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Article summary:

1. Google has officially published a paper in Nature claiming to have achieved "quantum supremacy" by outperforming classical computers on a specific calculation.

2. However, IBM has published a preprint arguing that a different approach would have allowed classical computers to perform the same task just as fast as the quantum computer.

3. Female scientists in Australia were less likely to win major medical-research grants than their male counterparts, despite recent efforts to address gender inequity in science funding.

Article analysis:

The article reports on Google’s claim of achieving quantum supremacy, which means that a quantum computer has outperformed a classical one on a given calculation. The article notes that the calculation chosen by Google has limited practical applications, but the scientific achievement is significant. However, IBM published a preprint claiming that a different approach would have allowed a classical computer to do the work just as fast as the quantum one. The article provides expert analysis and references to Nature News & Views article for deeper understanding.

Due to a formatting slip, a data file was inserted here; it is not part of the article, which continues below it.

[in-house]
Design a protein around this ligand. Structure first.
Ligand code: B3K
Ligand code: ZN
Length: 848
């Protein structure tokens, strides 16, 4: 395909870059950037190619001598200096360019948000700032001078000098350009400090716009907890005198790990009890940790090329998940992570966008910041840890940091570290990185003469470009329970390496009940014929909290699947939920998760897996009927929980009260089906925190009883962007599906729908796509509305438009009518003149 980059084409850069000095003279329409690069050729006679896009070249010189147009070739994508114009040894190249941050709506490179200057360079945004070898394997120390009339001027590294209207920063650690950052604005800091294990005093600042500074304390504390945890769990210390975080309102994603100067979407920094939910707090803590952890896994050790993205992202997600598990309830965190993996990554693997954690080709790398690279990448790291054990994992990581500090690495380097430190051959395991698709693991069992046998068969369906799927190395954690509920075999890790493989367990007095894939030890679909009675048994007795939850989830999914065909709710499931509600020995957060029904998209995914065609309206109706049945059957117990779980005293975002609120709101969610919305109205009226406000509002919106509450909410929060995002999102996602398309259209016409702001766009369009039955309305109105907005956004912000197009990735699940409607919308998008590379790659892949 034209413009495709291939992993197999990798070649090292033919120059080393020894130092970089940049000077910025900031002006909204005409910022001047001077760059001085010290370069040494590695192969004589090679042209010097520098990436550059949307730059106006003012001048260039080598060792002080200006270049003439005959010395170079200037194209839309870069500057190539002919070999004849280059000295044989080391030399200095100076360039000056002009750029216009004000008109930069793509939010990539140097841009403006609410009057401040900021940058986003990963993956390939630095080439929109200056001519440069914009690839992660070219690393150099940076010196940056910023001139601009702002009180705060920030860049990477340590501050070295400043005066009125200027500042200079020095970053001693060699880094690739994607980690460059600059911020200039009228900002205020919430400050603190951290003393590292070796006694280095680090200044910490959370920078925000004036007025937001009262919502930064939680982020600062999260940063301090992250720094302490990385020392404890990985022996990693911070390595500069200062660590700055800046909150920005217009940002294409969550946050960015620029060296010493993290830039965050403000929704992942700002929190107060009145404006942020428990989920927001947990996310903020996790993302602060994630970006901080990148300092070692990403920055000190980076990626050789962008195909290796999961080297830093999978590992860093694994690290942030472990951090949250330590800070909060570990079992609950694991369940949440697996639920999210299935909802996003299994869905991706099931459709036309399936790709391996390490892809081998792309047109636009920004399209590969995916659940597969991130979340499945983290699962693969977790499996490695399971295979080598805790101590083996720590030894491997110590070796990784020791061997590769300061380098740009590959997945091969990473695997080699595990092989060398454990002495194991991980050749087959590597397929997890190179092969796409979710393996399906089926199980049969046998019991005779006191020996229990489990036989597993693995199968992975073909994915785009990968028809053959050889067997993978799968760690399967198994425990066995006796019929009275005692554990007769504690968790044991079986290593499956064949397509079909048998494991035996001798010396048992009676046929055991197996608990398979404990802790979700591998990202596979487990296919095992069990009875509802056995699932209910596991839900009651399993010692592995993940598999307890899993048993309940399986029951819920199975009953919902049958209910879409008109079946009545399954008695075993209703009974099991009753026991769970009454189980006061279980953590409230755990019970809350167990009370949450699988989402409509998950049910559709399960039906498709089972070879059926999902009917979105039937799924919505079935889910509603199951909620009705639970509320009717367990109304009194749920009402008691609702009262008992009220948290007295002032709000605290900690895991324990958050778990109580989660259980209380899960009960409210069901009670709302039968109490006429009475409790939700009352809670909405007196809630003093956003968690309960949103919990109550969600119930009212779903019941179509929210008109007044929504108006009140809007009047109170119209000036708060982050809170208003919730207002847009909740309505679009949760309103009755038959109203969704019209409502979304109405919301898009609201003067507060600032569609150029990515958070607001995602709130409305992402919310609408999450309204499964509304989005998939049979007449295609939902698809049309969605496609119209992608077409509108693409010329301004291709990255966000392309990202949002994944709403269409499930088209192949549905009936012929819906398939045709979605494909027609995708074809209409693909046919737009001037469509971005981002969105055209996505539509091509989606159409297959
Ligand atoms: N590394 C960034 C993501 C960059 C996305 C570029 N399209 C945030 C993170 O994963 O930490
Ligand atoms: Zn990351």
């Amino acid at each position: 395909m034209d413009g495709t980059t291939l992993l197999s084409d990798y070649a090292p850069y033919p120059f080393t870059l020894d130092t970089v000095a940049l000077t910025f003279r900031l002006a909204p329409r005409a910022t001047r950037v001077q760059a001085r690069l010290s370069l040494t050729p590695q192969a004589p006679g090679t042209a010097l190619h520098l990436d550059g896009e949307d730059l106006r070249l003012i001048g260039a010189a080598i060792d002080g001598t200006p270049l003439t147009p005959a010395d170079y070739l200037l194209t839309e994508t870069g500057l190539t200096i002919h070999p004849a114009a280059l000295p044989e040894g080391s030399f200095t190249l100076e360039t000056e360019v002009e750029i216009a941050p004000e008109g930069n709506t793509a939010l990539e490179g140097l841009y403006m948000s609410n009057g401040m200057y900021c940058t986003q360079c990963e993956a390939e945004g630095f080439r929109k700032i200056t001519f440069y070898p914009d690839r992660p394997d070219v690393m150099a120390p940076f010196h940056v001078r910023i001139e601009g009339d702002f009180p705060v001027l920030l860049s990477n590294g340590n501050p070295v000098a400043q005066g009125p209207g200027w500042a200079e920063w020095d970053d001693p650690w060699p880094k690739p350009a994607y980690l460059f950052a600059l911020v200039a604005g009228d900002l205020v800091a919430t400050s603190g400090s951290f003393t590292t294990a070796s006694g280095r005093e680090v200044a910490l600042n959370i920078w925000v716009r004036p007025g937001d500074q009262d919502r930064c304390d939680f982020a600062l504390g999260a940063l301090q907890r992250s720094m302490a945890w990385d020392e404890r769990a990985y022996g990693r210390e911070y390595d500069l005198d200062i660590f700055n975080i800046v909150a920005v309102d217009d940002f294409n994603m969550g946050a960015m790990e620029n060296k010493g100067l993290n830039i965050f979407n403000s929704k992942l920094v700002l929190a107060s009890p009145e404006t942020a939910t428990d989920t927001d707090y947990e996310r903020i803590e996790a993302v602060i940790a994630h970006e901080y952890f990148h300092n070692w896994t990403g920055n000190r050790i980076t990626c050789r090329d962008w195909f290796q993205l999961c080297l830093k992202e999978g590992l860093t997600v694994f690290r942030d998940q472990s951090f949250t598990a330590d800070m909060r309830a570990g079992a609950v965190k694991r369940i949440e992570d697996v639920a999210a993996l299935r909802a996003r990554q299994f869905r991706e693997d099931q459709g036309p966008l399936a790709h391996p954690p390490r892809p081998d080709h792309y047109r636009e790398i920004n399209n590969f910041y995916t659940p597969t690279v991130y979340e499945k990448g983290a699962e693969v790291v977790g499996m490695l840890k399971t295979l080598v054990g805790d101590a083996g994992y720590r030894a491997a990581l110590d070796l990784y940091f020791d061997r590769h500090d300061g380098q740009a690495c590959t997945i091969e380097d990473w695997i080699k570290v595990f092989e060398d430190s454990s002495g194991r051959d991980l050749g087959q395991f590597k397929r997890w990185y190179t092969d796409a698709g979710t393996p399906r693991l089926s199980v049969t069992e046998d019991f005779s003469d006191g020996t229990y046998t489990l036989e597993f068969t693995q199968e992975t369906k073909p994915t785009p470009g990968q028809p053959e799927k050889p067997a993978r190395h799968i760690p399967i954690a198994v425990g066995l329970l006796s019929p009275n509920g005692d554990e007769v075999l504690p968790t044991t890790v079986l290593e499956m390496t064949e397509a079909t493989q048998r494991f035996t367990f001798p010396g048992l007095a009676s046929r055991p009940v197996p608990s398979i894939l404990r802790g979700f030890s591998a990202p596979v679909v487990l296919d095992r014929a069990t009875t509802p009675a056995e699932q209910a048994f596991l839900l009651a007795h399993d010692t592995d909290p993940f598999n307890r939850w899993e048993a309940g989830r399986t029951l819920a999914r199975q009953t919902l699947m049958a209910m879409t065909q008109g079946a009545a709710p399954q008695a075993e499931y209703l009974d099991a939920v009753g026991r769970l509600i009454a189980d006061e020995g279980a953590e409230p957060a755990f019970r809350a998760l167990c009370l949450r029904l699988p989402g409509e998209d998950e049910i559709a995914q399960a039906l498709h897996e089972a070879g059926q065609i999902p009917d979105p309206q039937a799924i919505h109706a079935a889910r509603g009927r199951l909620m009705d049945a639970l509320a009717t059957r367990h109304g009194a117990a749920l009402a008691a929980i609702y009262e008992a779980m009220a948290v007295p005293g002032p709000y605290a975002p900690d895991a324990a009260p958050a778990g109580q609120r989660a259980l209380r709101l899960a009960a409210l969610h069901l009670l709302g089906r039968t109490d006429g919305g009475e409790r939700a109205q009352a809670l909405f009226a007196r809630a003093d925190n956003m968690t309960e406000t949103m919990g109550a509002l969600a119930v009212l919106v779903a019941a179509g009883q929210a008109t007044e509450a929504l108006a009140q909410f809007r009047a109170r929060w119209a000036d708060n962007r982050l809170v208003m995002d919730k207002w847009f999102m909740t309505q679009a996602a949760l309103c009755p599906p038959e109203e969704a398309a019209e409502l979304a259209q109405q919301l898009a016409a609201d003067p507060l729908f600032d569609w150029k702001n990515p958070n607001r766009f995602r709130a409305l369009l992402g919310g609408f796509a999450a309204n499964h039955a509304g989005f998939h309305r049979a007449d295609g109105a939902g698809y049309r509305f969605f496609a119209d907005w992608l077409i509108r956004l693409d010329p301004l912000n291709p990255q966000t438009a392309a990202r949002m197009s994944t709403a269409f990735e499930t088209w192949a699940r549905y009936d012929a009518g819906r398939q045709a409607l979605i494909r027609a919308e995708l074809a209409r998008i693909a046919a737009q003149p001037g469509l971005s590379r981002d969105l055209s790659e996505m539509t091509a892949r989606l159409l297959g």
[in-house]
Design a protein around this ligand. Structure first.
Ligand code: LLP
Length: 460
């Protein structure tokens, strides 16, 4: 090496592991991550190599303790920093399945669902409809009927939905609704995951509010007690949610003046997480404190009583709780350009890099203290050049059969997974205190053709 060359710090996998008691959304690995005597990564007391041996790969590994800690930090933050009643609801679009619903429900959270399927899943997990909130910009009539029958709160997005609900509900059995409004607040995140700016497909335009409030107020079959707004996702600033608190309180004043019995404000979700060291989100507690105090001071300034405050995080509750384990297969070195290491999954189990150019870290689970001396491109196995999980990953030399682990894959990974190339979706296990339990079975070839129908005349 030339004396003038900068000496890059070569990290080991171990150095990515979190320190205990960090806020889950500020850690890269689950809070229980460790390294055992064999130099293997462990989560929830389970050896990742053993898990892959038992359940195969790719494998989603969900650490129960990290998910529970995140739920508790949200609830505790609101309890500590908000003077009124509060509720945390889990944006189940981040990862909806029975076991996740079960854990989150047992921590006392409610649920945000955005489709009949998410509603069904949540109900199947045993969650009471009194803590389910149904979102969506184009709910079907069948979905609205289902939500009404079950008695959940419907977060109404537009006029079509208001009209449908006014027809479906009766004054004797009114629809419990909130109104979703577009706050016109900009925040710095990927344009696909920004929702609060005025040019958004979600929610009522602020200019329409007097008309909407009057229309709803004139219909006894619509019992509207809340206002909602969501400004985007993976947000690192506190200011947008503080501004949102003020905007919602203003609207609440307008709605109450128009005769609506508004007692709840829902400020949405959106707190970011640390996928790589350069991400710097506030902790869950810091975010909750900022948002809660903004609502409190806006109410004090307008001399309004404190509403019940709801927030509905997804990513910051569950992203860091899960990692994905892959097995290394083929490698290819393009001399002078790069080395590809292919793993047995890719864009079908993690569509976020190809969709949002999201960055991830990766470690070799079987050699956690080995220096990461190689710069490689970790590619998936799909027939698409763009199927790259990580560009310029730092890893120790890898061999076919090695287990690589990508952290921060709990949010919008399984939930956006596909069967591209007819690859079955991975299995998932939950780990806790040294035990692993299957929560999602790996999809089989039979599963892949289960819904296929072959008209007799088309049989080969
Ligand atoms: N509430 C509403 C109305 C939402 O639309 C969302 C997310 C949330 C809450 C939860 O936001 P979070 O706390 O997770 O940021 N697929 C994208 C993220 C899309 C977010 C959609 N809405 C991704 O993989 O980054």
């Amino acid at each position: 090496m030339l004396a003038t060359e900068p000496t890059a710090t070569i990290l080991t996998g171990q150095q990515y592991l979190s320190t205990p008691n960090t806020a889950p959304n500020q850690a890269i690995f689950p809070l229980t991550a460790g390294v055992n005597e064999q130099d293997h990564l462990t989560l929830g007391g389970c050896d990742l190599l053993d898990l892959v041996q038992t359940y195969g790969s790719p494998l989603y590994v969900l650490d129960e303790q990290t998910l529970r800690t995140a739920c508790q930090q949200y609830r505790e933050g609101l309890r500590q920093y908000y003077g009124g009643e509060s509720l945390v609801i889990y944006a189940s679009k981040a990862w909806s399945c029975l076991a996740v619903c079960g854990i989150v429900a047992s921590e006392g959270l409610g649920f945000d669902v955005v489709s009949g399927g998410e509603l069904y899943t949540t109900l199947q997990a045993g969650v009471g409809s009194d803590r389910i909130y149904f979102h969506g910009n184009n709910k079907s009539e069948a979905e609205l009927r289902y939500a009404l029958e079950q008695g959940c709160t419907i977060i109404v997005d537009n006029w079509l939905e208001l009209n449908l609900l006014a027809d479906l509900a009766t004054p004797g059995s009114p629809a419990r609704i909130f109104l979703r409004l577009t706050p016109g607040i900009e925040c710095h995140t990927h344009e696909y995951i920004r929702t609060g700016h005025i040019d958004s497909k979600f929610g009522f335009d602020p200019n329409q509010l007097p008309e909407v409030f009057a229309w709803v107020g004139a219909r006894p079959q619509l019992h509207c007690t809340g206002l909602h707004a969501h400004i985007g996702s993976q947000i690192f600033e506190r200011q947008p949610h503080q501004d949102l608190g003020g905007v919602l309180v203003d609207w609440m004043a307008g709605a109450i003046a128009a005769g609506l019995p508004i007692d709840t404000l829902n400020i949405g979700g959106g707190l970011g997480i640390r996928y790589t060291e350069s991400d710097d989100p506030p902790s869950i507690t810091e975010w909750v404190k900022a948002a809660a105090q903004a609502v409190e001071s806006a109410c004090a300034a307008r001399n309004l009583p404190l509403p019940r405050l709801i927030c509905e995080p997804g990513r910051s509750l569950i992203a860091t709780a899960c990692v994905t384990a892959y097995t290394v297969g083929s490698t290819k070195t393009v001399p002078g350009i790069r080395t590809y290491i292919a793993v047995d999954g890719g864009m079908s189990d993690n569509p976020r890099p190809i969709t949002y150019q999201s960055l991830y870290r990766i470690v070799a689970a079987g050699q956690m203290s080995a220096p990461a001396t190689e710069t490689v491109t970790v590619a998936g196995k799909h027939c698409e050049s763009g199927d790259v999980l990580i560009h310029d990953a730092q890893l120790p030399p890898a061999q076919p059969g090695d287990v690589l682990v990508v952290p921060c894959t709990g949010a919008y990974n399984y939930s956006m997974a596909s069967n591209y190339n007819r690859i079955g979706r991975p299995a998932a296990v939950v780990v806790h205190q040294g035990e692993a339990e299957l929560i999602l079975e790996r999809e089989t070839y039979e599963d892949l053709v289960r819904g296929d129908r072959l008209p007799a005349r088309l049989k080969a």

The article also reports on gender inequity in Australian medical research funding, where female scientists were less likely to win major grants than their male counterparts despite an overhaul of the country’s science funding aimed at addressing gender imbalance. The article notes that men received more money in total because they won more grants than women.

In addition, the article reports on Canada’s recent election and how it affects science-related issues such as funding and climate change. It also mentions Biogen’s Alzheimer’s drug aducanumab being resurrected after being deemed a failure previously.

The article features an opinion piece about Nature journal’s redesign for clearer research communication in the digital age. It also discusses lawsuits using attribution science to hold fossil-fuel companies accountable for climate change damage.

Overall, the article presents information from various sources and provides expert analysis for deeper understanding. However, it could be argued that there is potential bias towards Google’s claim of quantum supremacy without fully exploring IBM’s counterargument. Additionally, while the article notes gender inequity in Australian medical research funding, it does not explore potential reasons or solutions for this issue. Finally, there is no mention of any potential risks or drawbacks associated with holding fossil-fuel companies accountable through attribution science lawsuits.